This conventional religious-ethical view of sin is important, in large part, because of the backdrop it provides for the deeper understanding expressed elsewhere in the Gospel Discourses of Jesus. Next week, we will begin exploring the passage where the concept of sin (and sin references) are most prominent—the Sukkot Discourse-complex of chapters 7-8 (esp. 8:21-47).

July 13: 1 John 5:16-19 (8)

1 John 5:19

“We have seen that we are of [e)k] God, and (that) the whole world lies in the evil.”

The section 5:13-20 concludes with a series of three exhortative declarations (vv. 18, 19, 20) that each begin with the verb form oi&damen (“we have seen”). The verbal usage reflects the sense of unity and solidarity that the author wishes to establish, between himself and his readers, as members together (“we”) of the Community of true believers. The translation “we have seen” is a literal rendering of oi&damen; however, the verb ei&dw can also mean “know,” being essentially interchangeable with ginw/skw. In English idiom, for the context here, oi&damen would be translated simply as “we know…”.

This use of oi&damen (also in v. 15 [twice]) reflects the author’s declaration of his intent (and purpose of writing) in v. 13, at the beginning of the section:

“These (thing)s I have written to you, that you might have seen [ei)dh=te, i.e. might know] that you hold (the) Life of the Age(s) [i.e. eternal life], to (you) the (one)s trusting in the name of the Son of God.” (cp. the end of the Gospel, 20:31)

It is also appropriate that the author effectively concludes his work emphasizing the fundamental theme of the contrast between true and false believers. This juxtaposition is part of a wider Johannine theme, contrasting believers with the world (o( ko/smo$). The negative sense of the noun ko/smo$ (“world-order, world”), as referring to the domain of darkness and evil (in which human beings are enmeshed) that is opposed to God, is distinctly Johannine, and the word tends to have this meaning throughout the Johannine writings. The contrastive relationship, between believers and the world, comes to be a dominant theme in the Gospel Last Discourse (chaps. 14-16), along with the Prayer-Discourse of chap. 17 (where ko/smo$ occurs 18 times, vv. 5-6, 9, 11, 13-16, 18, 21, 23-25). The usage in 1 John fully reflects the Johannine theological idiom—2:15-17; 3:1, 13; 4:1, 3-5; 5:4-5; only in 2:2; 3:17 is the more neutral sense of ko/smo$ emphasized (i.e., as the inhabited world of human beings), while both meanings are at work in 4:1, 3, 9, 14, 17.

Believers belong to God (as His offspring), while non-believers (and false believers) belong to the world (as children of the Devil [the “chief of this world”, Jn 12:31; 14:30; 16:11]). That is the contrast being emphasized again here at the close of 1 John. On false believers (spec. the opponents in 1-2 John) as children of the Devil, see 3:8, 10; cp. Jn 8:41 (in the context of vv. 38-47).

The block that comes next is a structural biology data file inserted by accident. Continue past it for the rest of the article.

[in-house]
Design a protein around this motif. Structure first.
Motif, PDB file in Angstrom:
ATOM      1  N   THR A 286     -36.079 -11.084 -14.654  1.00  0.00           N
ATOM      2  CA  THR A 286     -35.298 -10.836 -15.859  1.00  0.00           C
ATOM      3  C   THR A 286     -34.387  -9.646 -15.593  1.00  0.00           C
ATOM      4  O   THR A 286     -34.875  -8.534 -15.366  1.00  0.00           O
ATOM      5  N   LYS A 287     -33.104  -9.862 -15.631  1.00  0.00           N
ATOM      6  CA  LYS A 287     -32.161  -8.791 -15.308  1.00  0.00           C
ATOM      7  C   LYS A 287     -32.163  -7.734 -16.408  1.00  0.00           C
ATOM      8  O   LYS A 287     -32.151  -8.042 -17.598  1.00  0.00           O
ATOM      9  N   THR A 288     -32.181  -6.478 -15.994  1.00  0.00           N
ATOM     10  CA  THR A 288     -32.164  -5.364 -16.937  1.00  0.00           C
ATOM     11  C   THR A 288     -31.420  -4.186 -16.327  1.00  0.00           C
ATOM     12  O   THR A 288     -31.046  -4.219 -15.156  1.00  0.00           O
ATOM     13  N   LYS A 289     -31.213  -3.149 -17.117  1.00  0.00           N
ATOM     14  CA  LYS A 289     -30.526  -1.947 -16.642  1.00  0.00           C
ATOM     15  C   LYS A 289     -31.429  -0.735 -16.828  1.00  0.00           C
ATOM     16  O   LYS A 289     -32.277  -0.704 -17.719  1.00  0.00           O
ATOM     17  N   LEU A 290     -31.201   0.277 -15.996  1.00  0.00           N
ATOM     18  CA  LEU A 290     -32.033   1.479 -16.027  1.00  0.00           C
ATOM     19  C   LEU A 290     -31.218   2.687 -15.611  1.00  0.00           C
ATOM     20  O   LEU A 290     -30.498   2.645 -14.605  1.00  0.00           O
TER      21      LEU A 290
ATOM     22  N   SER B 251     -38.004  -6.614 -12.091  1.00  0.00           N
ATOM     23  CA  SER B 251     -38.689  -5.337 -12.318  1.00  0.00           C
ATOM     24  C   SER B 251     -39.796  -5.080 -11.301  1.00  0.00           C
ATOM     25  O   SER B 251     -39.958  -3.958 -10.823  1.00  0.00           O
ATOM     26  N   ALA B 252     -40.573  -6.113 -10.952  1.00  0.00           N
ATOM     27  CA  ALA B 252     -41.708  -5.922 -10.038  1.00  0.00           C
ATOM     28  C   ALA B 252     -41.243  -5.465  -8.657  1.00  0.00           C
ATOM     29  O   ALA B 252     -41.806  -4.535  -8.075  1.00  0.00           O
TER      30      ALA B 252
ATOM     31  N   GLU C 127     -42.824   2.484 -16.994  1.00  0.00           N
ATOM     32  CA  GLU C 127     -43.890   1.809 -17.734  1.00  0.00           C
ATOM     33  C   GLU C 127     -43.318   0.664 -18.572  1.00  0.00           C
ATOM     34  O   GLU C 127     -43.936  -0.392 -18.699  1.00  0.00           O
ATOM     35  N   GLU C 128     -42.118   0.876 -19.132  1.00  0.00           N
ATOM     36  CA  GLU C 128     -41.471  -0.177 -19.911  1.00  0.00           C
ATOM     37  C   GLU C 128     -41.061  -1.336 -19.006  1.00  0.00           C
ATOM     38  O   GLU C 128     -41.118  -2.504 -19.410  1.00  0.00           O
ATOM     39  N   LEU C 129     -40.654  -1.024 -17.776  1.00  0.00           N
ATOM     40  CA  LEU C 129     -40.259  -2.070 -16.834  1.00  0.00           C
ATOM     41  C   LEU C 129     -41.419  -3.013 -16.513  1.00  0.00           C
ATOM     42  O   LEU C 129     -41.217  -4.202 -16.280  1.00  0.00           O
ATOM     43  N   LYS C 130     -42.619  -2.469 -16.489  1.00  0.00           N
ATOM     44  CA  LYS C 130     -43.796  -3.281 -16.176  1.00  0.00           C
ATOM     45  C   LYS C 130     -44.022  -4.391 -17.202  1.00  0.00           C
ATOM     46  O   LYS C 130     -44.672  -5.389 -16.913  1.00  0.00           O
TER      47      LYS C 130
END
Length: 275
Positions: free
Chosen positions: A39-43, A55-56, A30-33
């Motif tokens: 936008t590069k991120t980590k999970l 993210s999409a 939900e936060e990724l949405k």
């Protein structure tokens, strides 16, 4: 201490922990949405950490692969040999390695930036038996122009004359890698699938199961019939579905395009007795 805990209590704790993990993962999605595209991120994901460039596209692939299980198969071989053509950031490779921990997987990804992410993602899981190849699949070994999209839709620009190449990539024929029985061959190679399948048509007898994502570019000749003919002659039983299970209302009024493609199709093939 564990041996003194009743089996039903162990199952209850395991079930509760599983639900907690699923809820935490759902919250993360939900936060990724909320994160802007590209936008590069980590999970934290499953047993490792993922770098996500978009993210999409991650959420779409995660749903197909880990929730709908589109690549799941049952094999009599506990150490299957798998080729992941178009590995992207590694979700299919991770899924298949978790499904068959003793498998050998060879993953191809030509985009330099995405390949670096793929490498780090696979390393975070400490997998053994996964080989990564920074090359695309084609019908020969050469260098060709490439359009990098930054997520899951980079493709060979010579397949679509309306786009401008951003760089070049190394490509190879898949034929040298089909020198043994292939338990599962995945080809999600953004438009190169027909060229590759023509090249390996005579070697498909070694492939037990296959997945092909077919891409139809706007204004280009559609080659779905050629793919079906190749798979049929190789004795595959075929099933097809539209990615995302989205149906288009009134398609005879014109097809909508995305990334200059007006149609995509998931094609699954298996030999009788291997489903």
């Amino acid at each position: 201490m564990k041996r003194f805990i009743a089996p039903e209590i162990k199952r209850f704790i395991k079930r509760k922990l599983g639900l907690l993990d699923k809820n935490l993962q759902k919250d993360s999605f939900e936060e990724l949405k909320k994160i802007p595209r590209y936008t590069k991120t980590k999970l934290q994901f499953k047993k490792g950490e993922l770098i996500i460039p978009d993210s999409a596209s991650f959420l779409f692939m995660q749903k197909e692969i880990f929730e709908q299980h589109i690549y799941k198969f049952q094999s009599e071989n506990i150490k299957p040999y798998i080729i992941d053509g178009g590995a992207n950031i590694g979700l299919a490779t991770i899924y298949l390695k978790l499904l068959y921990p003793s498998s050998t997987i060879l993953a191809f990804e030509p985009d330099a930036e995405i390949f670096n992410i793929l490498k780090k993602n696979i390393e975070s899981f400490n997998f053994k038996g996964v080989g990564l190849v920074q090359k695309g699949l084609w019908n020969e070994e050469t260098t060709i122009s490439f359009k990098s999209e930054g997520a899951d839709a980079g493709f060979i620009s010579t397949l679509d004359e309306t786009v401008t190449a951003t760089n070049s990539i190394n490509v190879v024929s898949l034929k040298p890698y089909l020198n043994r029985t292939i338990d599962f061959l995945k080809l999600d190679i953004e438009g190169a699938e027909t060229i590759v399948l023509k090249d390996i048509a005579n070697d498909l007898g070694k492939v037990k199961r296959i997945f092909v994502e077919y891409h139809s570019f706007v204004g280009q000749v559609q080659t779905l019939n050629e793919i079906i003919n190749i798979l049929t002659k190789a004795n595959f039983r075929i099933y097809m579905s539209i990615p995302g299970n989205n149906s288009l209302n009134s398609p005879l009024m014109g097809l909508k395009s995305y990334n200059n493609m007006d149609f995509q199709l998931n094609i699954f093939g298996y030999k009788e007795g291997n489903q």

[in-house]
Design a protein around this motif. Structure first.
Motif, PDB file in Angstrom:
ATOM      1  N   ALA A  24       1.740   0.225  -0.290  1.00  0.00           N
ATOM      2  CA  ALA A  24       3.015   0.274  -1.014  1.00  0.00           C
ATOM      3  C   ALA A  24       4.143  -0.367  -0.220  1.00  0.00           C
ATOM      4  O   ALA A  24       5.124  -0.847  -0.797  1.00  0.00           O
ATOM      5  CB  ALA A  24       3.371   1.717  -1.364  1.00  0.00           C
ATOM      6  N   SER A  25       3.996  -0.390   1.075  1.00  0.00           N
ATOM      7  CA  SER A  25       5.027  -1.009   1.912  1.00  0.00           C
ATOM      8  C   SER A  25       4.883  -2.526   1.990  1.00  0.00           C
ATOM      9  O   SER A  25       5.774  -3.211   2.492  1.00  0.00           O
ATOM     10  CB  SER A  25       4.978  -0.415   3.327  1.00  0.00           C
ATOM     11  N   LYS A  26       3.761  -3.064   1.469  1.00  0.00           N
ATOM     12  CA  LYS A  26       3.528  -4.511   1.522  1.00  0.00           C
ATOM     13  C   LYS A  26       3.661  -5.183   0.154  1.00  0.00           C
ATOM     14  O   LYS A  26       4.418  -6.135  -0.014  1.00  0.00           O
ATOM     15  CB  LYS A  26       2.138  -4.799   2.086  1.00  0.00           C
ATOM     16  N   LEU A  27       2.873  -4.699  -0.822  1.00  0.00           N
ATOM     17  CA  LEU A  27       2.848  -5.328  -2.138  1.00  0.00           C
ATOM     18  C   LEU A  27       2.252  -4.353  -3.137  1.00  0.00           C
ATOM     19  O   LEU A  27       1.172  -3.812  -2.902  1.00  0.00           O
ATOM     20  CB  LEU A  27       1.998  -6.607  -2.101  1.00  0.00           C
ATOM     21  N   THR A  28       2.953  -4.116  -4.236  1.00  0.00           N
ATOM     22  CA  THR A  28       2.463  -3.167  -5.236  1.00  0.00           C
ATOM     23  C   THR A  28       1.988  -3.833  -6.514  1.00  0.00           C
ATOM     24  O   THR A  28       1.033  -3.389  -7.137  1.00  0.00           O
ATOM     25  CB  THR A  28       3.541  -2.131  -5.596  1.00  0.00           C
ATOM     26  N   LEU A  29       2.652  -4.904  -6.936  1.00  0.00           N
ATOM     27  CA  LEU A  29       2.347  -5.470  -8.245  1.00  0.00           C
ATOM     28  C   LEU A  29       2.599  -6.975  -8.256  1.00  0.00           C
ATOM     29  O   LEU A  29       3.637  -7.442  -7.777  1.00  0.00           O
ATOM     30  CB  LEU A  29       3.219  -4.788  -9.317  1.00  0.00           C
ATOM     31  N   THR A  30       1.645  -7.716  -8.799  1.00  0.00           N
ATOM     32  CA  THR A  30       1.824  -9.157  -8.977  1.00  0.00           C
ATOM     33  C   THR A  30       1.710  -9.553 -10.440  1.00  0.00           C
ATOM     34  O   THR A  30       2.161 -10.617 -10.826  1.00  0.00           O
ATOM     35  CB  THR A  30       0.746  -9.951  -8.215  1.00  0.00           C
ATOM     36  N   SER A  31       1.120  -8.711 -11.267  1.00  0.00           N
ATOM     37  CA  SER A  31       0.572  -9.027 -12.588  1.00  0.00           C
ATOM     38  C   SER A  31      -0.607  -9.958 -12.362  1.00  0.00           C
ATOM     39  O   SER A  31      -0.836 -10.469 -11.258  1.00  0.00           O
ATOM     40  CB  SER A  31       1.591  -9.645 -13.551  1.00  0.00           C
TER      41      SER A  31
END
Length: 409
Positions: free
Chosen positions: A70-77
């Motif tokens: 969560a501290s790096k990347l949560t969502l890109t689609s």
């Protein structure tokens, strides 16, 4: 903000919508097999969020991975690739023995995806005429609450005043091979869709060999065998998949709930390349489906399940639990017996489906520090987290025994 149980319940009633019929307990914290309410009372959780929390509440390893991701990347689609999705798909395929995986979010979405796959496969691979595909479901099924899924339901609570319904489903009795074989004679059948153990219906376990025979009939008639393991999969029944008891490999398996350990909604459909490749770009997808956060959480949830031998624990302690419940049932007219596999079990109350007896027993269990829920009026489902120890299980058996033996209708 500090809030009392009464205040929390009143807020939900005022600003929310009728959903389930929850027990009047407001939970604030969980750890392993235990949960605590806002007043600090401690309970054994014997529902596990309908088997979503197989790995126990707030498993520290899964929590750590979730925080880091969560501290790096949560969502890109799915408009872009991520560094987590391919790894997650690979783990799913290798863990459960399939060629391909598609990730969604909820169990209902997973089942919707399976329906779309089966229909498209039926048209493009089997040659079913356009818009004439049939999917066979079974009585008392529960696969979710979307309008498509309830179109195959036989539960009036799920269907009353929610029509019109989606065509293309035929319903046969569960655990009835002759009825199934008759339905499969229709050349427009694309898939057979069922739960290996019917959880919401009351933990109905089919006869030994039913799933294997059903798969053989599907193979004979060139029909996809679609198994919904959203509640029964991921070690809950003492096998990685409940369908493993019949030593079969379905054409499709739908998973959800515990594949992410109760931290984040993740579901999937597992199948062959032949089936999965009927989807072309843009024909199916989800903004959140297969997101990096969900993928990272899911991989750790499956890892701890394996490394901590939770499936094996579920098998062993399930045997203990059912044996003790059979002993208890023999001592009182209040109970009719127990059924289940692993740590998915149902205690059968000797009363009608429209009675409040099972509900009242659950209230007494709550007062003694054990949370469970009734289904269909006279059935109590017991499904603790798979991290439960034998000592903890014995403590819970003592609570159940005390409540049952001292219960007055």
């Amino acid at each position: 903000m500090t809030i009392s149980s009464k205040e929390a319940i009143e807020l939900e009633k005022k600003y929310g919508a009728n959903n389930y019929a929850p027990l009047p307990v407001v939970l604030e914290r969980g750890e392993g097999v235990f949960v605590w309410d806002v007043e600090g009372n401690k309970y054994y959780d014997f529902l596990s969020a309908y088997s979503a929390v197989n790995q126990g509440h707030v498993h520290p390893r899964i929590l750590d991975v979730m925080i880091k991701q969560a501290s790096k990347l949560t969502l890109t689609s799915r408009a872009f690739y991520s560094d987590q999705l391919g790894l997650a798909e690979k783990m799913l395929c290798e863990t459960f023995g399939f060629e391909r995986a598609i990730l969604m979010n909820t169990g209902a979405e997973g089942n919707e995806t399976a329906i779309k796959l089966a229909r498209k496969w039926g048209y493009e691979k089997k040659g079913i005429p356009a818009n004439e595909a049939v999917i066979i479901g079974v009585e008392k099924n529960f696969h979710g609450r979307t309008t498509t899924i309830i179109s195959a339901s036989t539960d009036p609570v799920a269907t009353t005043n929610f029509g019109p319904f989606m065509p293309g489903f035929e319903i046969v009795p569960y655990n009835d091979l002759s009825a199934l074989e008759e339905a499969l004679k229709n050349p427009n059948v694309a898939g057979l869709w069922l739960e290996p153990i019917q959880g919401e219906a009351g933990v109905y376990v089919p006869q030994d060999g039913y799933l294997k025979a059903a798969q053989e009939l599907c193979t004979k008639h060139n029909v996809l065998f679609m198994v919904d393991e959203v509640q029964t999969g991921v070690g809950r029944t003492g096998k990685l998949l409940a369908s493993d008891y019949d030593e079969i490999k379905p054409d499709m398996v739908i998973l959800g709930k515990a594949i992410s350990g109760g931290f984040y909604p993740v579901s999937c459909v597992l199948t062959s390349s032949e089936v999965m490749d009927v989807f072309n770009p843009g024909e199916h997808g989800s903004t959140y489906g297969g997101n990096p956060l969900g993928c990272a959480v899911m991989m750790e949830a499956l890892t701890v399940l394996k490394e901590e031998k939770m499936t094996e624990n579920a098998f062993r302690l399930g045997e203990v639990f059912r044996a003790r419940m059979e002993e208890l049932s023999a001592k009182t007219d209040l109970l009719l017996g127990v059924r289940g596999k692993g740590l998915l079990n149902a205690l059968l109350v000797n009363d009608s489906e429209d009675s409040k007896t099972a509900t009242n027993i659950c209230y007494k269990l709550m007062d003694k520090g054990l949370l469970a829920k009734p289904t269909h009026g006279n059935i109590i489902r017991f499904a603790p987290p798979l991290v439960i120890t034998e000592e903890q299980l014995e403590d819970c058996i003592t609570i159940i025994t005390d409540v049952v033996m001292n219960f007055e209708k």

Here in v. 19, the idea of believers as the offspring (te/kna) of God is expressed by the preposition e)k (“out of”), in the expression e)k tou= qeou= (“out of [i.e. from] God”), as a shorthand for the phrase “having come to be (born) [vb genna/w] out of God”. For this distinctive Johannine idiom in 1 John, cf. 2:29; 3:8-10; 4:4-7; 5:1, 4, 18; also 2:16ff, 21; 3:12, 19; 4:1-3; in the Gospel, cf. 1:13; 3:5-8, 31; 8:23, 41ff; also 15:19; 17:6, 14-16; 18:36, 37.

The idea that true believers belong to God, and not to the world, is seen most clearly in 4:4-6:

“You are of [e)k] God, (dear) offspring, and have been victorious (over) them [i.e. the ‘antichrists’, vv. 1-3], (in) that [i.e. because] the (One who is) in you is greater than the (one who is) in the world.” (v. 4)

As I have discussed, the expression “the (one) in you” (o( e)n u(mi=n) is best understood as a reference to the Spirit. God the Father is present, in and among believers, through His Son, and the Son abides in believers through the presence of the Spirit. By contrast, “the (one) in the world” (o( e)n tw=| ko/smw|) refers to the evil spirit of antichrist (v. 3) that is opposed to the holy Spirit of God. In v. 6, the evil spirit is called “the spirit of going/leading astray [pla/nh]”, in opposition to the “Spirit of truth [a)lh/qeia]”.

If the true believer (“you”) is described in v. 4, it is the false believer (“they”) who is referenced in v. 5:

“They are of [e)k] the world; through this [i.e. for this reason] they speak out of [e)k, i.e. from] the world, and the world hears them.”

In v. 6 (as here in 5:18-20), the author includes himself, together with his readers (“we”), as being among the true believers:

“We are of [e)k] God; the (one) knowing God hears us, (but) the (one) who is not of [e)k] God does not hear us.”

As noted above, this same language of belonging (using the preposition e)k), contrasting believers and the world, can be found in John 17—esp. verses 14-16, which are quite close in thought with what the author is saying here in 5:18-19 (cf. the previous note).

In v. 19a, the author repeats his declaration from 4:6: “we are of [e)k] God”. The implication, as in the references cited above, is that the author and his readers, correspondingly, are not “of [e)k] the world”. However, here the author states this in more general terms, by referring to the nature and condition of the world:

“…and the whole world lies in the evil”
kai\ o( ko/smo$ o%lo$ e)n tw=| ponhrw=| kei=tai

As in v. 18, as well as 2:13-14, 3:12 [1], and Jn 17:15, the substantive adjective ponhro/$ (“evil”), as a masculine noun with the article (o( ponhro/$, “the evil”), is best understood in a personal sense (i.e. “the evil one”), as a reference to the Satan/Devil. If so, then v. 19b needs to be translated something like: